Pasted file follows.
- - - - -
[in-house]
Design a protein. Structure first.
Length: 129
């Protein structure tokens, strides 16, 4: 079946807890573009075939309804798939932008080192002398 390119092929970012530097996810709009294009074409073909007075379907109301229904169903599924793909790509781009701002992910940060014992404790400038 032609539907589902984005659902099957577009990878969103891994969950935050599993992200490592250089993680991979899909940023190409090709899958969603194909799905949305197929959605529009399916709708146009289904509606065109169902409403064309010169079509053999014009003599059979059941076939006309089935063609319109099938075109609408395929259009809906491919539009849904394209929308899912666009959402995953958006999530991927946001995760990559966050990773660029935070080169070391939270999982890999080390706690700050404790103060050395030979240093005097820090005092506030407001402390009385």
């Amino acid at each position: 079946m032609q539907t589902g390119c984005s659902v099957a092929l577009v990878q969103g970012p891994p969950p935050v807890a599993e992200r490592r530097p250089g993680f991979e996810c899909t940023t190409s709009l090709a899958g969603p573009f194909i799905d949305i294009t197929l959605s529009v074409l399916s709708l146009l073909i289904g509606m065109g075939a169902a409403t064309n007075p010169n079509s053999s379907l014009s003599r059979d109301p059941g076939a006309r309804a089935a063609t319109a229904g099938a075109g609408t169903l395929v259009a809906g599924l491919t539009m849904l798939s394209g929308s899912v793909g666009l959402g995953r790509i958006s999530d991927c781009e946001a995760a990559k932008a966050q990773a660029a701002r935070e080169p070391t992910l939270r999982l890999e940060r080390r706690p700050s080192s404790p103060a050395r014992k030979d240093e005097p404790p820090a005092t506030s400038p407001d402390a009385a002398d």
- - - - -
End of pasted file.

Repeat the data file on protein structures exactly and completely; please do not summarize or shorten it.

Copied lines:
[in-house]
Design a protein. Structure first.
Length: 129
């Protein structure tokens, strides 16, 4: 079946807890573009075939309804798939932008080192002398 390119092929970012530097996810709009294009074409073909007075379907109301229904169903599924793909790509781009701002992910940060014992404790400038 032609539907589902984005659902099957577009990878969103891994969950935050599993992200490592250089993680991979899909940023190409090709899958969603194909799905949305197929959605529009399916709708146009289904509606065109169902409403064309010169079509053999014009003599059979059941076939006309089935063609319109099938075109609408395929259009809906491919539009849904394209929308899912666009959402995953958006999530991927946001995760990559966050990773660029935070080169070391939270999982890999080390706690700050404790103060050395030979240093005097820090005092506030407001402390009385």
């Amino acid at each position: 079946m032609q539907t589902g390119c984005s659902v099957a092929l577009v990878q969103g970012p891994p969950p935050v807890a599993e992200r490592r530097p250089g993680f991979e996810c899909t940023t190409s709009l090709a899958g969603p573009f194909i799905d949305i294009t197929l959605s529009v074409l399916s709708l146009l073909i289904g509606m065109g075939a169902a409403t064309n007075p010169n079509s053999s379907l014009s003599r059979d109301p059941g076939a006309r309804a089935a063609t319109a229904g099938a075109g609408t169903l395929v259009a809906g599924l491919t539009m849904l798939s394209g929308s899912v793909g666009l959402g995953r790509i958006s999530d991927c781009e946001a995760a990559k932008a966050q990773a660029a701002r935070e080169p070391t992910l939270r999982l890999e940060r080390r706690p700050s080192s404790p103060a050395r014992k030979d240093e005097p404790p820090a005092t506030s400038p407001d402390a009385a002398d």